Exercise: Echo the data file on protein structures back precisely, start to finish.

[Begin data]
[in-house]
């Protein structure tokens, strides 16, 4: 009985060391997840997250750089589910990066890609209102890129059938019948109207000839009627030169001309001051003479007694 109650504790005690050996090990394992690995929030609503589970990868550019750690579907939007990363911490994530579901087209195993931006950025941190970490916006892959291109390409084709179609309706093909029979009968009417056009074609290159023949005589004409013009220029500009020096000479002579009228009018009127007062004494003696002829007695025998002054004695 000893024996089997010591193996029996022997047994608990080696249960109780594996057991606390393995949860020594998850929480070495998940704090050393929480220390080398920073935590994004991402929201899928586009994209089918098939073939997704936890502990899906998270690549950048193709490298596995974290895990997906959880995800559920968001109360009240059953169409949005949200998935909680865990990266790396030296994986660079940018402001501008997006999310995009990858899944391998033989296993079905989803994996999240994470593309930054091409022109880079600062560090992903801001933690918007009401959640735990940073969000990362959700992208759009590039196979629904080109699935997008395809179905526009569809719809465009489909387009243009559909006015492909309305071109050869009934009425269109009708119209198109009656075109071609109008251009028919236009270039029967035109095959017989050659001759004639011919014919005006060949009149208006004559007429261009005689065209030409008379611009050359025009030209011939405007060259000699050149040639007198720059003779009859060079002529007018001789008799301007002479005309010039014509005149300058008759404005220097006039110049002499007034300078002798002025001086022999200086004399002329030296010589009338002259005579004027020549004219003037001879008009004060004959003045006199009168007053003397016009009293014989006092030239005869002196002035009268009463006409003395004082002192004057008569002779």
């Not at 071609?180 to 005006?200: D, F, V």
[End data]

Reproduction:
[in-house]
């Protein structure tokens, strides 16, 4: 009985060391997840997250750089589910990066890609209102890129059938019948109207000839009627030169001309001051003479007694 109650504790005690050996090990394992690995929030609503589970990868550019750690579907939007990363911490994530579901087209195993931006950025941190970490916006892959291109390409084709179609309706093909029979009968009417056009074609290159023949005589004409013009220029500009020096000479002579009228009018009127007062004494003696002829007695025998002054004695 000893024996089997010591193996029996022997047994608990080696249960109780594996057991606390393995949860020594998850929480070495998940704090050393929480220390080398920073935590994004991402929201899928586009994209089918098939073939997704936890502990899906998270690549950048193709490298596995974290895990997906959880995800559920968001109360009240059953169409949005949200998935909680865990990266790396030296994986660079940018402001501008997006999310995009990858899944391998033989296993079905989803994996999240994470593309930054091409022109880079600062560090992903801001933690918007009401959640735990940073969000990362959700992208759009590039196979629904080109699935997008395809179905526009569809719809465009489909387009243009559909006015492909309305071109050869009934009425269109009708119209198109009656075109071609109008251009028919236009270039029967035109095959017989050659001759004639011919014919005006060949009149208006004559007429261009005689065209030409008379611009050359025009030209011939405007060259000699050149040639007198720059003779009859060079002529007018001789008799301007002479005309010039014509005149300058008759404005220097006039110049002499007034300078002798002025001086022999200086004399002329030296010589009338002259005579004027020549004219003037001879008009004060004959003045006199009168007053003397016009009293014989006092030239005869002196002035009268009463006409003395004082002192004057008569002779």
């Not at 071609?180 to 005006?200: D, F, V």